It’s a reminder of how perceptions and interpretations of history evolve over time, influenced by broader societal changes and a deepening appreciation of diverse perspectives.

Lost Kingdom: Hawaii's Last Queen, the Sugar Kings, and America's First Imperial Venture
  • Siler, Julia Flynn (Author)
  • English (Publication Language)
  • 415 Pages - 01/08/2013 (Publication Date) - Grove Press (Publisher)

Hawaii in the 1950s at Click Americana (2)

The Hawaiian perspective

In contemporary discourse, the story of Captain Cook and Hawaii is increasingly told with a recognition of the native Hawaiian perspective, acknowledging their long-standing presence, culture, and history. This shift represents a broader movement towards a more inclusive and accurate representation of history — one that respects and incorporates the voices of all those involved.

Hawaii in the 1950s at Click Americana (4)

1950s Hawaii: Beauty, wealth, amiable people

Article from LIFE magazine (Mar 23, 1959)

The first proposal to make Hawaii a state was put forward more than a hundred years ago, when President Franklin Pierce cast his eyes across the Pacific and proposed that the splendid and strategic islands be taken into the union. Pierce’s plan faded, and it was not until 1898 that Hawaii was annexed as a U.S. territory.

Proposals to make Hawaii a state have been on the books of Congress for the past 40 years. Now it seems almost certain that in this session Hawaii will achieve its aim.

Hawaii in 1959 - Life (1)

Since they were discovered by Captain James Cook in 1778, a swift current of modernization has coursed through the idyllic islands. Long before Cook came, in the 12th Century, handsome and vigorous Polynesians from Tahiti sailed with their livestock across thousands of miles of ocean to settle Hawaii.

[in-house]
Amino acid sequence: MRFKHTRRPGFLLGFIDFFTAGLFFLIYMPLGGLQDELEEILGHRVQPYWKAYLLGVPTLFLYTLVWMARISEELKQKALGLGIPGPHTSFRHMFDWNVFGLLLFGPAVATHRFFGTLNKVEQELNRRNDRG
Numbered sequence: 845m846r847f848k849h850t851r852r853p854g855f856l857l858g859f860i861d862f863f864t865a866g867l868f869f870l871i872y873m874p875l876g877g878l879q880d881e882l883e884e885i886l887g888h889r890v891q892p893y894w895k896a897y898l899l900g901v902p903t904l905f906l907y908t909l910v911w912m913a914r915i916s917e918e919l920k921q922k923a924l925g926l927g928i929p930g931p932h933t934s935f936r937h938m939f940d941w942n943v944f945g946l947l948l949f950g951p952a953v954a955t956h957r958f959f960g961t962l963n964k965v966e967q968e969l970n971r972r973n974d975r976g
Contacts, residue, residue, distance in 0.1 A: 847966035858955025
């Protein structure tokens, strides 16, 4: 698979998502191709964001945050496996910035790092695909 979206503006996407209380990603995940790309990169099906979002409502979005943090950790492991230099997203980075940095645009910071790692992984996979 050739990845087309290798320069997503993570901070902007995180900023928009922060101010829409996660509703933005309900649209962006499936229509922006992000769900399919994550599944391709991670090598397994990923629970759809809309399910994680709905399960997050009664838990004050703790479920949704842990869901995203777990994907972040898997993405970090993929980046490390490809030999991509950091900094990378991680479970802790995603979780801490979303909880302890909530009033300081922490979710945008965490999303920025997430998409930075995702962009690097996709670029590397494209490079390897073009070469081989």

They lived in a Stone Age civilization where tribal chiefs were chosen from the biggest men and often weighed 300 to 500 pounds. But after Cook’s arrival, all that was quickly put aside.

By 1810, the greatest figure in Hawaiian history, King Kamehameha I, with his redoubtable war canoes brought all the islands under his single rule. U.S. and European powers began to vie for influence.

American interests were much advanced by missionaries who Christianized the Hawaiians and helped the kings put the monarchy on a constitutional foundation. In the 1890s, rebels deposed Queen Liliuokalani, composer of the famous song Aloha Oe, and achieved annexation to the U.S.

Have a Hawaiian luau party (1958)

Hawaii in 1959 - Life (6)

As a territory, Hawaii has developed a sturdy economy based on U.S. military expenditures at Pearl Harbor and elsewhere, and on sugar, pineapple, tourism and livestock.

The islands, which have a total area roughly that of New Jersey, have bred an incredibly polyglot and racially integrated population of nearly 600,000. This means that Hawaiian statehood, besides conferring full U.S. status on a potentially rich and decidedly vital area, would also indicate to all the peoples of the Pacific and of Asia that the U.S. can still be the tolerant, hospitable melting pot of old.

Hawaii in 1959 - Life (3)